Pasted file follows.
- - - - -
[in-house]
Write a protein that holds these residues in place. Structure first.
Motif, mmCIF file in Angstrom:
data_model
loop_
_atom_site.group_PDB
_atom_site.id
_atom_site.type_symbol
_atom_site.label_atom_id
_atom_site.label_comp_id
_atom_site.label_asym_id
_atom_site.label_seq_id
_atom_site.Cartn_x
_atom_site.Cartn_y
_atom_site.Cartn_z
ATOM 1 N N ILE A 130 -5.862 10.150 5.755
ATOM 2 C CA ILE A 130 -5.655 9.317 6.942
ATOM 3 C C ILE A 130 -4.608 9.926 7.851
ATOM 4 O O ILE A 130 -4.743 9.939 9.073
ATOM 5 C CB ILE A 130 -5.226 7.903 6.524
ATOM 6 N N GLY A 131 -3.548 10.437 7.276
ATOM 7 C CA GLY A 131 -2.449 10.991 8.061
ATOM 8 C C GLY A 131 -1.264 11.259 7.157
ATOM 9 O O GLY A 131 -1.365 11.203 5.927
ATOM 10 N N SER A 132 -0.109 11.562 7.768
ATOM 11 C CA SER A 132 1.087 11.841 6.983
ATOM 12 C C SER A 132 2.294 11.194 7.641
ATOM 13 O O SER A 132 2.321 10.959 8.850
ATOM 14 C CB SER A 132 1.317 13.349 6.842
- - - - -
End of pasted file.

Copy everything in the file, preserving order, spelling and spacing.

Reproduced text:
[in-house]
Write a protein that holds these residues in place. Structure first.
Motif, mmCIF file in Angstrom:
data_model
loop_
_atom_site.group_PDB
_atom_site.id
_atom_site.type_symbol
_atom_site.label_atom_id
_atom_site.label_comp_id
_atom_site.label_asym_id
_atom_site.label_seq_id
_atom_site.Cartn_x
_atom_site.Cartn_y
_atom_site.Cartn_z
ATOM 1 N N ILE A 130 -5.862 10.150 5.755
ATOM 2 C CA ILE A 130 -5.655 9.317 6.942
ATOM 3 C C ILE A 130 -4.608 9.926 7.851
ATOM 4 O O ILE A 130 -4.743 9.939 9.073
ATOM 5 C CB ILE A 130 -5.226 7.903 6.524
ATOM 6 N N GLY A 131 -3.548 10.437 7.276
ATOM 7 C CA GLY A 131 -2.449 10.991 8.061
ATOM 8 C C GLY A 131 -1.264 11.259 7.157
ATOM 9 O O GLY A 131 -1.365 11.203 5.927
ATOM 10 N N SER A 132 -0.109 11.562 7.768
ATOM 11 C CA SER A 132 1.087 11.841 6.983
ATOM 12 C C SER A 132 2.294 11.194 7.641
ATOM 13 O O SER A 132 2.321 10.959 8.850
ATOM 14 C CB SER A 132 1.317 13.349 6.842